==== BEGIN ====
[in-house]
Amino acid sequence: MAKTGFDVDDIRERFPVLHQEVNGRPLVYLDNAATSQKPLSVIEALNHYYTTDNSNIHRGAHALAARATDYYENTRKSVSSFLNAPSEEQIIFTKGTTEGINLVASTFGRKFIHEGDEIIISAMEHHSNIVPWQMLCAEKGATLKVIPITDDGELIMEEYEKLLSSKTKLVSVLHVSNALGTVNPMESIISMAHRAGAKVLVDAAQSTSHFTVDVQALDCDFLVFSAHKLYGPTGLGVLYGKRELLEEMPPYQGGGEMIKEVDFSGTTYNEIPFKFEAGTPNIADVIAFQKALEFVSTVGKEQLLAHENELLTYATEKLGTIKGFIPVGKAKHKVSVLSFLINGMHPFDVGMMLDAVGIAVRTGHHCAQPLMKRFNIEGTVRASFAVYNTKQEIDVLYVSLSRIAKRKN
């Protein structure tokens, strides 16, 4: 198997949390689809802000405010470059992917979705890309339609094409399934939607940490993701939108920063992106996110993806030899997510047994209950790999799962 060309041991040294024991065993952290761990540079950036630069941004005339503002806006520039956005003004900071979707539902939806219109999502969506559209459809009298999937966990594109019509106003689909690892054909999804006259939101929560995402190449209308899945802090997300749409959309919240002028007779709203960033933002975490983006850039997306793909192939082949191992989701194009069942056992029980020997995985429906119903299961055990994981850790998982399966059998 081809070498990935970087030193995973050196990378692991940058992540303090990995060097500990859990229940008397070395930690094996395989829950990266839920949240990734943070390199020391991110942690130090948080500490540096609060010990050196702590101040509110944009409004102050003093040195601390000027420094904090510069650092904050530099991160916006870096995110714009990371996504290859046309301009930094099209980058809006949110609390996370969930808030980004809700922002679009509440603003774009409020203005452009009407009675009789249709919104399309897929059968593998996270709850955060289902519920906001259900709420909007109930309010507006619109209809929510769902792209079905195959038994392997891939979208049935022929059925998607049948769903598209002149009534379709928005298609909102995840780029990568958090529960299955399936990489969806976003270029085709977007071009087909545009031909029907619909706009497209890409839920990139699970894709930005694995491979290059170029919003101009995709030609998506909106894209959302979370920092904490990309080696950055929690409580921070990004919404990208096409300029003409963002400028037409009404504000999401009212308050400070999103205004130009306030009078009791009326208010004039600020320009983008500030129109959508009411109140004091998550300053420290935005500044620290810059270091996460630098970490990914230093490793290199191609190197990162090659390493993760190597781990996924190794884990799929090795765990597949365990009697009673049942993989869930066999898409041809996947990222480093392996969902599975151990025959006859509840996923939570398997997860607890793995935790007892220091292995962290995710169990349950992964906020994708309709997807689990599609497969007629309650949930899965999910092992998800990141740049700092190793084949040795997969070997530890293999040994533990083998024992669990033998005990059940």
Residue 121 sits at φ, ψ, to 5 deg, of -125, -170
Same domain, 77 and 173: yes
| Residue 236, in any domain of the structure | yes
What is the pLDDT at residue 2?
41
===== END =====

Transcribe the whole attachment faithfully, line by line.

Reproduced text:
[in-house]
Amino acid sequence: MAKTGFDVDDIRERFPVLHQEVNGRPLVYLDNAATSQKPLSVIEALNHYYTTDNSNIHRGAHALAARATDYYENTRKSVSSFLNAPSEEQIIFTKGTTEGINLVASTFGRKFIHEGDEIIISAMEHHSNIVPWQMLCAEKGATLKVIPITDDGELIMEEYEKLLSSKTKLVSVLHVSNALGTVNPMESIISMAHRAGAKVLVDAAQSTSHFTVDVQALDCDFLVFSAHKLYGPTGLGVLYGKRELLEEMPPYQGGGEMIKEVDFSGTTYNEIPFKFEAGTPNIADVIAFQKALEFVSTVGKEQLLAHENELLTYATEKLGTIKGFIPVGKAKHKVSVLSFLINGMHPFDVGMMLDAVGIAVRTGHHCAQPLMKRFNIEGTVRASFAVYNTKQEIDVLYVSLSRIAKRKN
């Protein structure tokens, strides 16, 4: 198997949390689809802000405010470059992917979705890309339609094409399934939607940490993701939108920063992106996110993806030899997510047994209950790999799962 060309041991040294024991065993952290761990540079950036630069941004005339503002806006520039956005003004900071979707539902939806219109999502969506559209459809009298999937966990594109019509106003689909690892054909999804006259939101929560995402190449209308899945802090997300749409959309919240002028007779709203960033933002975490983006850039997306793909192939082949191992989701194009069942056992029980020997995985429906119903299961055990994981850790998982399966059998 081809070498990935970087030193995973050196990378692991940058992540303090990995060097500990859990229940008397070395930690094996395989829950990266839920949240990734943070390199020391991110942690130090948080500490540096609060010990050196702590101040509110944009409004102050003093040195601390000027420094904090510069650092904050530099991160916006870096995110714009990371996504290859046309301009930094099209980058809006949110609390996370969930808030980004809700922002679009509440603003774009409020203005452009009407009675009789249709919104399309897929059968593998996270709850955060289902519920906001259900709420909007109930309010507006619109209809929510769902792209079905195959038994392997891939979208049935022929059925998607049948769903598209002149009534379709928005298609909102995840780029990568958090529960299955399936990489969806976003270029085709977007071009087909545009031909029907619909706009497209890409839920990139699970894709930005694995491979290059170029919003101009995709030609998506909106894209959302979370920092904490990309080696950055929690409580921070990004919404990208096409300029003409963002400028037409009404504000999401009212308050400070999103205004130009306030009078009791009326208010004039600020320009983008500030129109959508009411109140004091998550300053420290935005500044620290810059270091996460630098970490990914230093490793290199191609190197990162090659390493993760190597781990996924190794884990799929090795765990597949365990009697009673049942993989869930066999898409041809996947990222480093392996969902599975151990025959006859509840996923939570398997997860607890793995935790007892220091292995962290995710169990349950992964906020994708309709997807689990599609497969007629309650949930899965999910092992998800990141740049700092190793084949040795997969070997530890293999040994533990083998024992669990033998005990059940």
Residue 121 sits at φ, ψ, to 5 deg, of -125, -170
Same domain, 77 and 173: yes
| Residue 236, in any domain of the structure | yes
What is the pLDDT at residue 2?
41